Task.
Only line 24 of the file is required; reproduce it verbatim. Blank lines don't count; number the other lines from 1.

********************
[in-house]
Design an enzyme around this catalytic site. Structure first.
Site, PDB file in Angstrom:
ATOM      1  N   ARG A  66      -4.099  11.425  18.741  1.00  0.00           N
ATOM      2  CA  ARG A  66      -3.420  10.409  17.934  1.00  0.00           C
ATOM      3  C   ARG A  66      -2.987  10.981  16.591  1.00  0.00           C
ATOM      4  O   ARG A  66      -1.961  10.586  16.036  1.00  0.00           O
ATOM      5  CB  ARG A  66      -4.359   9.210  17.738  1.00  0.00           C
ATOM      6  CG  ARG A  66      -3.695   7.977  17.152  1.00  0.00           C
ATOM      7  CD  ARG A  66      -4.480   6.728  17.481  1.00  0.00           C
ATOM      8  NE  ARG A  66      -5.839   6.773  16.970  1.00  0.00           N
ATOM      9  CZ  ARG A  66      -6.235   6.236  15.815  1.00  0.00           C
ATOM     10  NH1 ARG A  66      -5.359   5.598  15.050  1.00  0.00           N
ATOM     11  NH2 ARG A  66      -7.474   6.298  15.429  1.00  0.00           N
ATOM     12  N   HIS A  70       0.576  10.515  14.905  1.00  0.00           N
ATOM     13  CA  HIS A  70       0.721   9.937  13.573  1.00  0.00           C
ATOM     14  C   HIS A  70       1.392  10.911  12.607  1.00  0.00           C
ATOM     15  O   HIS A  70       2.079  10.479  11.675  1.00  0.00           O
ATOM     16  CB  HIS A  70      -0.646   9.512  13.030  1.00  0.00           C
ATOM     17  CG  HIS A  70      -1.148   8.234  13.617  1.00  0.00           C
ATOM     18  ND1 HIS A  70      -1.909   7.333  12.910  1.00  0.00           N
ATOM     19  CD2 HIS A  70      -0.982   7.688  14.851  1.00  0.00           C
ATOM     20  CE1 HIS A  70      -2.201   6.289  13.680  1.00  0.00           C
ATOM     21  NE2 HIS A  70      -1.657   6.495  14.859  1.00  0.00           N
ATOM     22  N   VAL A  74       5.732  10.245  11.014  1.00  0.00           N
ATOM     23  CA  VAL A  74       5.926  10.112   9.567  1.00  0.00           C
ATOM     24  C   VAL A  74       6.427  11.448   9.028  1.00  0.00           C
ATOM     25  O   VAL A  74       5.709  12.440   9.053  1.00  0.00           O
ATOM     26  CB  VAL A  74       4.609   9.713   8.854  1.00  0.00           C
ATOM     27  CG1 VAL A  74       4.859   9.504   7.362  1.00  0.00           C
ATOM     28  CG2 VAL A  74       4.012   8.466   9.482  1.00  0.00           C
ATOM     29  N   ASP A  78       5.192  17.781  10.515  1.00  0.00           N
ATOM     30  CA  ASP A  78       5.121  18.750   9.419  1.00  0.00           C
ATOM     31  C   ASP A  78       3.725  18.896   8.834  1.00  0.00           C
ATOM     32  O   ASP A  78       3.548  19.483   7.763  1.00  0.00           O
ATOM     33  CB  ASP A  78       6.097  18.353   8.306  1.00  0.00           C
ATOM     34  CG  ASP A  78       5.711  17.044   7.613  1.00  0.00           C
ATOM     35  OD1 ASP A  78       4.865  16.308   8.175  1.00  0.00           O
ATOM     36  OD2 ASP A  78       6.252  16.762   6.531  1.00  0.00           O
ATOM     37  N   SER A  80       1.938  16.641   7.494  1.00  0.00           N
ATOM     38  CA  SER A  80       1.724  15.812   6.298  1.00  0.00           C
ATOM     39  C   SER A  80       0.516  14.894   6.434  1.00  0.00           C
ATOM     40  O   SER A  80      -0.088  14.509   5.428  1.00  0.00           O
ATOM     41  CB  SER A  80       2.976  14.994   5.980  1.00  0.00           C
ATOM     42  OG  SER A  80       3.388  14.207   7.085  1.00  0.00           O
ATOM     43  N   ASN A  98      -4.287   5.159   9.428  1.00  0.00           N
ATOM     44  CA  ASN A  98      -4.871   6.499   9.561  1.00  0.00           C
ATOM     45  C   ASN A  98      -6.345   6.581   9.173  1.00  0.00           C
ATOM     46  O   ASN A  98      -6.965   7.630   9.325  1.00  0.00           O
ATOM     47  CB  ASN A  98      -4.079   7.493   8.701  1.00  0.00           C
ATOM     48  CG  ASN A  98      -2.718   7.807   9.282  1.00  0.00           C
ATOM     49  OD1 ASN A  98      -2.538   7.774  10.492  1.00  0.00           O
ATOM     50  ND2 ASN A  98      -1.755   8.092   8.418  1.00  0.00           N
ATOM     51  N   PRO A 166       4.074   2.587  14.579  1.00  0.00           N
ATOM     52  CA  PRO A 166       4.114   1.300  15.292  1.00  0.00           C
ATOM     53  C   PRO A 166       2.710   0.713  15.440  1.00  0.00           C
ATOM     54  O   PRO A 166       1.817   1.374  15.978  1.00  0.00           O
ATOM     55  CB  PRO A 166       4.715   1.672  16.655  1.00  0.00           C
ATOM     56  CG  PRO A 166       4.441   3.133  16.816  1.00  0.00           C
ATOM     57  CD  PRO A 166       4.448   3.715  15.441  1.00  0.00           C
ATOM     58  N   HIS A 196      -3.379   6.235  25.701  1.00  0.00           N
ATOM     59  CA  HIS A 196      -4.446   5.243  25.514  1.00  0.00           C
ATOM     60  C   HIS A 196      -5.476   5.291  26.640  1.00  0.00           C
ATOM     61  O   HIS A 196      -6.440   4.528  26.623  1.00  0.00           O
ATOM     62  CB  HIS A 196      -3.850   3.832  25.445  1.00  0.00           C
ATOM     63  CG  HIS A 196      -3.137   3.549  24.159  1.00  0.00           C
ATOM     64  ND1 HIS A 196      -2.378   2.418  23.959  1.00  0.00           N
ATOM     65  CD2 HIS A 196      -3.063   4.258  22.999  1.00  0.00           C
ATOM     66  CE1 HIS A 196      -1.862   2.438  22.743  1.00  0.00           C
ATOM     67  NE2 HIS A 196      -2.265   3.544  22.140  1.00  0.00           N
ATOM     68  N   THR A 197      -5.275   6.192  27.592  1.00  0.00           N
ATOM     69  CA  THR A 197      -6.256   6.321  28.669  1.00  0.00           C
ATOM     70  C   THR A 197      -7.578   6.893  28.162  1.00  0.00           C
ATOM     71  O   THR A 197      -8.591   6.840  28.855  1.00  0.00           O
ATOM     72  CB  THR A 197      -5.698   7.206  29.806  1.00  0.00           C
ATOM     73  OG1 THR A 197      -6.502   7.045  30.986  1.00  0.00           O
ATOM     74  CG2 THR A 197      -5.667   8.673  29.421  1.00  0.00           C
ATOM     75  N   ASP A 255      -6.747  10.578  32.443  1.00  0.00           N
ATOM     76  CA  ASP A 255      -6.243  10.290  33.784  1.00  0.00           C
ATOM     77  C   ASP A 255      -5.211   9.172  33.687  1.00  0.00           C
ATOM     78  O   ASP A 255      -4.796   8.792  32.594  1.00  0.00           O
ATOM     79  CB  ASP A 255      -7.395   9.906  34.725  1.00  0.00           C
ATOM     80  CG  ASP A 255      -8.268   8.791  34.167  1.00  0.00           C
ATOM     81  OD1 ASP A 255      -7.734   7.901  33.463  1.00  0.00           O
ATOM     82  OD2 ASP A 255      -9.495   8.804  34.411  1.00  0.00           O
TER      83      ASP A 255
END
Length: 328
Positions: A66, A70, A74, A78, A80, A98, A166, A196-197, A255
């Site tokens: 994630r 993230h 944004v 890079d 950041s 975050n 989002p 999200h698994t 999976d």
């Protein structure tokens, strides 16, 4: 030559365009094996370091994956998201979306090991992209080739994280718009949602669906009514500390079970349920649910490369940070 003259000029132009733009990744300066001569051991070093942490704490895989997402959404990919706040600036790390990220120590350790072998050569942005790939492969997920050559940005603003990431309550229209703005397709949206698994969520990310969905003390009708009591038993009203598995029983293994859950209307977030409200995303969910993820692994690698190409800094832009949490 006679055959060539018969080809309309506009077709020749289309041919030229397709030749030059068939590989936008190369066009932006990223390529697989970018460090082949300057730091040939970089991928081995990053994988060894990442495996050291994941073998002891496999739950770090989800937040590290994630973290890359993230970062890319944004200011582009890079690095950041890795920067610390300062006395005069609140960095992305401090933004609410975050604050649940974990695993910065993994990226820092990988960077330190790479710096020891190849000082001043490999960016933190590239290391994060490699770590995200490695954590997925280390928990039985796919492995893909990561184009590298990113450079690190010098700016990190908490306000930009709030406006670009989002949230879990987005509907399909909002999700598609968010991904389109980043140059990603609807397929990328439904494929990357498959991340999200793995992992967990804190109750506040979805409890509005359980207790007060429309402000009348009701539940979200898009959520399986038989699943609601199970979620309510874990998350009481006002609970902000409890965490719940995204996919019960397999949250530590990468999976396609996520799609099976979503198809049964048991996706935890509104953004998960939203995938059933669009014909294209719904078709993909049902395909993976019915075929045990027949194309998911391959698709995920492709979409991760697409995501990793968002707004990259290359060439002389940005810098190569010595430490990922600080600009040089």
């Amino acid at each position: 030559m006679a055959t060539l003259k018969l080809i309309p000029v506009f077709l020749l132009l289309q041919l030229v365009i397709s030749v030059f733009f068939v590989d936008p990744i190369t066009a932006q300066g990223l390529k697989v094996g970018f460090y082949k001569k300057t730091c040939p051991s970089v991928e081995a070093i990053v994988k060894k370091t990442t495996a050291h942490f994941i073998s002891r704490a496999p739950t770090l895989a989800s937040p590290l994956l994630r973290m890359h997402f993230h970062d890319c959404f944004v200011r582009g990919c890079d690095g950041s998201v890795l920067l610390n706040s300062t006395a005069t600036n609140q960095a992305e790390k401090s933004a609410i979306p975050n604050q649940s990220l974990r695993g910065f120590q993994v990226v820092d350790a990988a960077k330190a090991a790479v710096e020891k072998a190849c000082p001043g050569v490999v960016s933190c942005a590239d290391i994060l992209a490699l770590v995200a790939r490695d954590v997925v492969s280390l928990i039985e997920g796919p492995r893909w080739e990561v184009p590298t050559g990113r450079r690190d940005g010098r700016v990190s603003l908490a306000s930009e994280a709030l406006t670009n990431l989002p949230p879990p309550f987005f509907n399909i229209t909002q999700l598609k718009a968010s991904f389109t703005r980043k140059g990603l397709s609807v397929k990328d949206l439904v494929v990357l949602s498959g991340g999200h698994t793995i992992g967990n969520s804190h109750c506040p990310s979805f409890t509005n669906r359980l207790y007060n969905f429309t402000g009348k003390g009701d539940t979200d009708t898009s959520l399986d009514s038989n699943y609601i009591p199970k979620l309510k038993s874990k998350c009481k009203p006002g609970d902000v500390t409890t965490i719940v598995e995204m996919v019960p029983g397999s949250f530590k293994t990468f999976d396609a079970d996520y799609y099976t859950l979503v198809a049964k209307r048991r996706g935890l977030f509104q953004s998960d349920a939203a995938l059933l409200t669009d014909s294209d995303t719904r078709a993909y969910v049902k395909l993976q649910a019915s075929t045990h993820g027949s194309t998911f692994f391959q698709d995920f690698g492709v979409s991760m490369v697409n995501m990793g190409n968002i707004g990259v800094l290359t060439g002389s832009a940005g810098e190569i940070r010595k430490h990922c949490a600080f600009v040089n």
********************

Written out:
ATOM     21  NE2 HIS A  70      -1.657   6.495  14.859  1.00  0.00           N